Thursday, December 25, 2008

Wilhelm Scream

  Like all art forms film has amassed a number of cliches. There are many reasons why certain cliches are used more often than some; oftentimes cliches are used as shortcuts to convey thoughts, emotions, and information more economically, but then their are those cliches that are utilized just for the baggage they carry with them.
  The Wilhelm Scream was first used in 1951 for a Raoul Walsh picture, Distant Drums, which was released on December 25th of that year. What would later be called the Wilhelm Scream was labeled by Warner Bros. sound engineers as "Man being eaten by alligator."
  It was not until several decades later that the sound effect would be known as the Wilhelm Scream. Over the several decades since it was first used in 1951 the Wilhelm Scream has been used in at least 160 movies.
  The main reason why the public has any knowledge of this particular sound effect is due to all the work of sound designer Ben Burtt who managed to find the original recording and first used it in a scene in Star Wars Episode IV: A New Hope. Burtt is also responsible for renaming the sound effect from "Man being eaten by alligator" to Wilhelm Scream for a character named Private Wilhelm in the 1953 film, The Charge at Feather River, who emits the scream after being shot by an arrow.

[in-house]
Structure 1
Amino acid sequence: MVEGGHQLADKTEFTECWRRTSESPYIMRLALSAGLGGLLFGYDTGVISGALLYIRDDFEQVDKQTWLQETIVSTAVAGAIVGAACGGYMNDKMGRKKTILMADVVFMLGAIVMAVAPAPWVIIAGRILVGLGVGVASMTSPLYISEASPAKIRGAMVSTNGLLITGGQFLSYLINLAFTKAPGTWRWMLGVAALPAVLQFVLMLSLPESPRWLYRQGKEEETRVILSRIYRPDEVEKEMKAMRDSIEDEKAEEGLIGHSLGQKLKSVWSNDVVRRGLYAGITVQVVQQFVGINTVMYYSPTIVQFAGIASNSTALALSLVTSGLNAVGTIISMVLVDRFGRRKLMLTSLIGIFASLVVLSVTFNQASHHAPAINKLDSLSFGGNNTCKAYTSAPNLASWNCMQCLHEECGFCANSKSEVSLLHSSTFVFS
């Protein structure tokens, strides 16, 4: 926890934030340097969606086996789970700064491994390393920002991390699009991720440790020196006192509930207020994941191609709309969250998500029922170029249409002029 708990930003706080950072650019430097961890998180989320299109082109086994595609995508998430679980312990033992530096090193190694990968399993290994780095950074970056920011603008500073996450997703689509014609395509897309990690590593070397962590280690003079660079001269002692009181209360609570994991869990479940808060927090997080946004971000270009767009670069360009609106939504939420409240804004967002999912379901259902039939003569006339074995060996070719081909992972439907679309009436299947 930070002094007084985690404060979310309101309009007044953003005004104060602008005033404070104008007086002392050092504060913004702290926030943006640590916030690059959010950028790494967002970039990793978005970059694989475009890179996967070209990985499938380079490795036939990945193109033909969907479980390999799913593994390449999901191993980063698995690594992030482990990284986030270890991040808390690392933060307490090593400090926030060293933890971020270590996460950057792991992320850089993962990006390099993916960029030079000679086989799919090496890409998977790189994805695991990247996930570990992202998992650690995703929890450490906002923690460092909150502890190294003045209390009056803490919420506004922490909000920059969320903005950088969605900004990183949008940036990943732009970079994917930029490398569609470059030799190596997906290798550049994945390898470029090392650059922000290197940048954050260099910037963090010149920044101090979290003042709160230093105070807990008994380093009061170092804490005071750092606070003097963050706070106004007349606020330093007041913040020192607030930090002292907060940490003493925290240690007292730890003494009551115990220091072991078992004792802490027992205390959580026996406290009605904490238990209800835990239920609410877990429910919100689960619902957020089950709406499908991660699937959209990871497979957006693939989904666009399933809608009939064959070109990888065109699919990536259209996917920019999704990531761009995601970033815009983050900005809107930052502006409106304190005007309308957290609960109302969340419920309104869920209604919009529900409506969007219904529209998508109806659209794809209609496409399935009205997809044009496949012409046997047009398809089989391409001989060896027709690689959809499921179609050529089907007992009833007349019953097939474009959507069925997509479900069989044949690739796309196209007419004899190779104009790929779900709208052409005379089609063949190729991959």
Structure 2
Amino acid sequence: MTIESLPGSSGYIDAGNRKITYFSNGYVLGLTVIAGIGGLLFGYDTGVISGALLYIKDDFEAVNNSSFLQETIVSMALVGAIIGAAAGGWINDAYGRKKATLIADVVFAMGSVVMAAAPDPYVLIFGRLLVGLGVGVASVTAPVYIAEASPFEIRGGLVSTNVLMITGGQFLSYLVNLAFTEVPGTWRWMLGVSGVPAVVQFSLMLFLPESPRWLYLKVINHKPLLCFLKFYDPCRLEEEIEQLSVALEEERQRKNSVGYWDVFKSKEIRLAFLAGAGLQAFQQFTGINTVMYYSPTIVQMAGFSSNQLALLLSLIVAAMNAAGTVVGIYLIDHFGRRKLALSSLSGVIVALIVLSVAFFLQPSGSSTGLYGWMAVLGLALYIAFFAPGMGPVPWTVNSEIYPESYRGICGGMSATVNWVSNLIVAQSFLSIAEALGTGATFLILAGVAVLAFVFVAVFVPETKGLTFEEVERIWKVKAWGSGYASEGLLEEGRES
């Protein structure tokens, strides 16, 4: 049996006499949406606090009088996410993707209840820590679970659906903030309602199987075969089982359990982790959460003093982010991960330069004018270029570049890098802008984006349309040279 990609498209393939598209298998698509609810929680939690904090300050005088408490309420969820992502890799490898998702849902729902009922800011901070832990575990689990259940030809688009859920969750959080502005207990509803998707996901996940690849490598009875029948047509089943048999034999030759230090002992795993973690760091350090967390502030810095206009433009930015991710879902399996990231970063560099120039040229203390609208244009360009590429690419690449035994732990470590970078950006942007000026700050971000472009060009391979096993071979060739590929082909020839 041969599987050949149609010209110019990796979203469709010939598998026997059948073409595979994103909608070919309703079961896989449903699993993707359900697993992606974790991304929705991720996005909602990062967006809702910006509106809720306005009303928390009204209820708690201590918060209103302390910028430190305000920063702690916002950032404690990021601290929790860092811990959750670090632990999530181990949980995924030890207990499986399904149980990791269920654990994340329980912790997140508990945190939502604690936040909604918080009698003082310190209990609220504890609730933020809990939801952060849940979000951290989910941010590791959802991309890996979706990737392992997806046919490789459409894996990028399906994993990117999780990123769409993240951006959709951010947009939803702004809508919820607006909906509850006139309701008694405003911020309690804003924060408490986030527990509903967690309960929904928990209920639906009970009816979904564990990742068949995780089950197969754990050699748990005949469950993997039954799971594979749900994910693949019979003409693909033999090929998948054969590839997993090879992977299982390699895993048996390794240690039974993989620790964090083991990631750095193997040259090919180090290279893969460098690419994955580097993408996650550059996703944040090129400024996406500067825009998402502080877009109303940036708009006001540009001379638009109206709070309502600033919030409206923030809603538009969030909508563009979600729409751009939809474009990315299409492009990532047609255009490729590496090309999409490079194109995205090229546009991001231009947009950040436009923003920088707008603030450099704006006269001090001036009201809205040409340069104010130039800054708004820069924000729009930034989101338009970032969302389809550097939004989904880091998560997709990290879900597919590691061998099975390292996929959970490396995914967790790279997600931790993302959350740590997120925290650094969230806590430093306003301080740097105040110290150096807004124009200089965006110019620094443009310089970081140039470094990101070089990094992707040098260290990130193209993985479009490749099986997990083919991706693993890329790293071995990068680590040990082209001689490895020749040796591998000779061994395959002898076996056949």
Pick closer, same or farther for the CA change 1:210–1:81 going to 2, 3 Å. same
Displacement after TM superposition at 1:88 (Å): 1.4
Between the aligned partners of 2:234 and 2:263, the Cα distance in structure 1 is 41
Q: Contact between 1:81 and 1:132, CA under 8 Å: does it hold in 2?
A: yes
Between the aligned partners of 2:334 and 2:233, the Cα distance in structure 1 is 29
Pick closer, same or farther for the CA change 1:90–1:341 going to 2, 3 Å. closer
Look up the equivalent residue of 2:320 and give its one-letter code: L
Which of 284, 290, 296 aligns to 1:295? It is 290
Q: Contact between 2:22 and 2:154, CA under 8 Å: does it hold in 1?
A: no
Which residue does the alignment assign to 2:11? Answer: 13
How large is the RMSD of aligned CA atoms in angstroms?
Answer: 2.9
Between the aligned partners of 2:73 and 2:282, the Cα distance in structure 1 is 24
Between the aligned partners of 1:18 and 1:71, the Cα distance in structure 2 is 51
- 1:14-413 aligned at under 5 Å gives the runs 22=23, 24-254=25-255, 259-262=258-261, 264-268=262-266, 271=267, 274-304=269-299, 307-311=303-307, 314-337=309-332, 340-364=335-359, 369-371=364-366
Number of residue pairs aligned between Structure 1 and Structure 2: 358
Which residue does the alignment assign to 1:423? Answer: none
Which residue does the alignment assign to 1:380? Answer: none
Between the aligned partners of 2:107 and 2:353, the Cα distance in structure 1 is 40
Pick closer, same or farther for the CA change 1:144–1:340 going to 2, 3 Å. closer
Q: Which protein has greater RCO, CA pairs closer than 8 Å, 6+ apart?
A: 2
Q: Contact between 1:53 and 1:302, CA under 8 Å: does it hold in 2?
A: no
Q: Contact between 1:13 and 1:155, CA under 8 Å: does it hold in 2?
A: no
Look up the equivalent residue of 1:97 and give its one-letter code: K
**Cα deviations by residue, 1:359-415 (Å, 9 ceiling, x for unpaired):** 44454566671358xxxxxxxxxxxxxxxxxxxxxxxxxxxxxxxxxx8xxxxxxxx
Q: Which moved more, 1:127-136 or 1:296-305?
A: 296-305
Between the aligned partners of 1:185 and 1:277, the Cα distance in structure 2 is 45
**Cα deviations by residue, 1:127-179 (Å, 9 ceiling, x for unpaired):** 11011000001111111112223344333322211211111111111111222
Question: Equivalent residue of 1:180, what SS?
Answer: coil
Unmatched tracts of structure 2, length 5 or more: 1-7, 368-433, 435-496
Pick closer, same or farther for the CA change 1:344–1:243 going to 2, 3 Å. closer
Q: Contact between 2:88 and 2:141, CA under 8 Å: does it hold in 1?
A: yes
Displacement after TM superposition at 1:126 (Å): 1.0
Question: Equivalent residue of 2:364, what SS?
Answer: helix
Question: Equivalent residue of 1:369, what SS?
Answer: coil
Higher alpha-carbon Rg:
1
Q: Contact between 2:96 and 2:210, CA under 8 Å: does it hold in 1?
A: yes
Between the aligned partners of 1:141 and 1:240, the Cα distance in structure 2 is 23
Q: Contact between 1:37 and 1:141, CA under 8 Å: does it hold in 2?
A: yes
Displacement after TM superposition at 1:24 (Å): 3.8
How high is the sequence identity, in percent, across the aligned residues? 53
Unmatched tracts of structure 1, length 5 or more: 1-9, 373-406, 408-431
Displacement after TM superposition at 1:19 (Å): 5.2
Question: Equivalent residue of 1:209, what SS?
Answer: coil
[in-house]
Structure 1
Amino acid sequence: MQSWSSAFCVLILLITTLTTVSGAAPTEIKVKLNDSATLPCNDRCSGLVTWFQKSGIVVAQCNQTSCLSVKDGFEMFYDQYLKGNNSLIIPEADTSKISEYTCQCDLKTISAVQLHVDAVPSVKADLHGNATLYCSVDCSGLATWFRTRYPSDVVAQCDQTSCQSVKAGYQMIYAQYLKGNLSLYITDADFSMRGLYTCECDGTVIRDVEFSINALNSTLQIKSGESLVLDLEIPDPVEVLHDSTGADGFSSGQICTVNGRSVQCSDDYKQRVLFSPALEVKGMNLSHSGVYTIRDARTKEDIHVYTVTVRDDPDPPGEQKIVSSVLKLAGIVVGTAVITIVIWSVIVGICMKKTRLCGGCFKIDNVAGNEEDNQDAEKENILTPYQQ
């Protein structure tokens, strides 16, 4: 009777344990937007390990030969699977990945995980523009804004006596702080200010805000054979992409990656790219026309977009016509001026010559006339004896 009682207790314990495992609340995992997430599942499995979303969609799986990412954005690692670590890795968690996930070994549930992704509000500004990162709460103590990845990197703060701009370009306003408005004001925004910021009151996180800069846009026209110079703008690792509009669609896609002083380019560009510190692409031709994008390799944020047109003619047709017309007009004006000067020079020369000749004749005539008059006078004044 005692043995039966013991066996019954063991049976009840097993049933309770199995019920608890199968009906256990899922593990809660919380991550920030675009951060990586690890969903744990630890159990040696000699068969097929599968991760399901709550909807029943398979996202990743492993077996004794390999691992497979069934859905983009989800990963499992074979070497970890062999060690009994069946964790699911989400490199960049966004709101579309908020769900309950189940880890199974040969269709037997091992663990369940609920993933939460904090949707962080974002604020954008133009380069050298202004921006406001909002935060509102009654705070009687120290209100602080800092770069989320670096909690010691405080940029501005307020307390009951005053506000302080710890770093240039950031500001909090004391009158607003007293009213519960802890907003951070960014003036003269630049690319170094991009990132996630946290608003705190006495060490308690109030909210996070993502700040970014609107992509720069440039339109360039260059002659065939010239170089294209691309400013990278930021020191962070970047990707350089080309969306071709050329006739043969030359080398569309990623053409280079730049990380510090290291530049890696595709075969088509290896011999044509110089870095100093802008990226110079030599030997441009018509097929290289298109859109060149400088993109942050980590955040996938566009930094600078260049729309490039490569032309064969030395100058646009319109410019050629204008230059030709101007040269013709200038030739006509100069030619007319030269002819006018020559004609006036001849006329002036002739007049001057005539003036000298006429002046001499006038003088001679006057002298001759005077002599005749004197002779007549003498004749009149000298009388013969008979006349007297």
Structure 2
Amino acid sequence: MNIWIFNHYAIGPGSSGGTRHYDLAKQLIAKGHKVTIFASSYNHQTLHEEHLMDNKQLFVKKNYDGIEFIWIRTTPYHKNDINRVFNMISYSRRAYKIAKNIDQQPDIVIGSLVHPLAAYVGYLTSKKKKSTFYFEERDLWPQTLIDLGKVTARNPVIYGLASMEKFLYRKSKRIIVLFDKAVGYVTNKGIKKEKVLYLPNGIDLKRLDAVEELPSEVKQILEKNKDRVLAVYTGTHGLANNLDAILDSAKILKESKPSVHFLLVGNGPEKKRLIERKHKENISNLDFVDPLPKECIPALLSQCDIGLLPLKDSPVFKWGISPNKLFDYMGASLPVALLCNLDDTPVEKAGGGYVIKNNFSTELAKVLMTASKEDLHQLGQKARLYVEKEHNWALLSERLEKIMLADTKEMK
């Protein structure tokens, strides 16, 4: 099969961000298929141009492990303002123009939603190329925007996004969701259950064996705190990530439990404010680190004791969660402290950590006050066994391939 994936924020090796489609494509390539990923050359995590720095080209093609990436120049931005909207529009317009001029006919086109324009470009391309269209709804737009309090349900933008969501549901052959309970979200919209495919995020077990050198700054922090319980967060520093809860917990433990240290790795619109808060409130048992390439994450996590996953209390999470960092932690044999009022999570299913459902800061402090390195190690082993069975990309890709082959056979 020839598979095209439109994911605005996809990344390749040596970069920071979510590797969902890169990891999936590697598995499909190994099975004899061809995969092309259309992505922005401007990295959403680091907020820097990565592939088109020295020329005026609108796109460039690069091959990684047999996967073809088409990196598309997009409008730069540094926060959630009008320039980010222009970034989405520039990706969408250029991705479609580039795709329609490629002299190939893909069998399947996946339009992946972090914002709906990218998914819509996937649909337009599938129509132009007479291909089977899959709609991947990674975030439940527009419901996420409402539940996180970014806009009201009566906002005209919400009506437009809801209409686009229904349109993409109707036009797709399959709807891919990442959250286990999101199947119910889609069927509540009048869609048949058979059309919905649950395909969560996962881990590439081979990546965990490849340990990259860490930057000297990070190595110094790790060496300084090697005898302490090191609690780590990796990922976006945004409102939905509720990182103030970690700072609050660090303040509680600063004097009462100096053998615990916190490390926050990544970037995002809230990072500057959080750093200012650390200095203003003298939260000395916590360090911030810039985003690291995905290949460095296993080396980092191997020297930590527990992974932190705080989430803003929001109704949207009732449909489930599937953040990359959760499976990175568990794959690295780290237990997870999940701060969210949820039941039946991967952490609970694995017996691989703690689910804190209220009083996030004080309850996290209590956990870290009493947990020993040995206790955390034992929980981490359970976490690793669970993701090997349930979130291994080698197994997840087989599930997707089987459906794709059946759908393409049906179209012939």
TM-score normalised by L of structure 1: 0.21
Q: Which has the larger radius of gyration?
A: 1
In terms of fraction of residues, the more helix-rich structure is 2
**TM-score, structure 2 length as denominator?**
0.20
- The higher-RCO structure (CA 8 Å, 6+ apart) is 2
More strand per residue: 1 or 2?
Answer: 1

One question that many feel hasn't been answered is who recorded the Wilhelm Scream. During his research Burtt looked through piles and piles of Warner Bros. documents and believes that it is singer Sheb Wooley, known for the song "Purple People Eater", who most likely recorded the sound effect while he worked as an actor on Distant Drums.
  With all of Ben Burtt's work more and more sound designers are using the Wilhelm Scream in productions that they are working on. It has become an inside joke with sound engineers to incorporate it into films and television shows trying to stump their peers if they can spot its use. Audiences  however may not recognize the sound effect from one movie to another, they most likely could care less, but this sound effect has had quite a career and it would be wrong to ignore its story.

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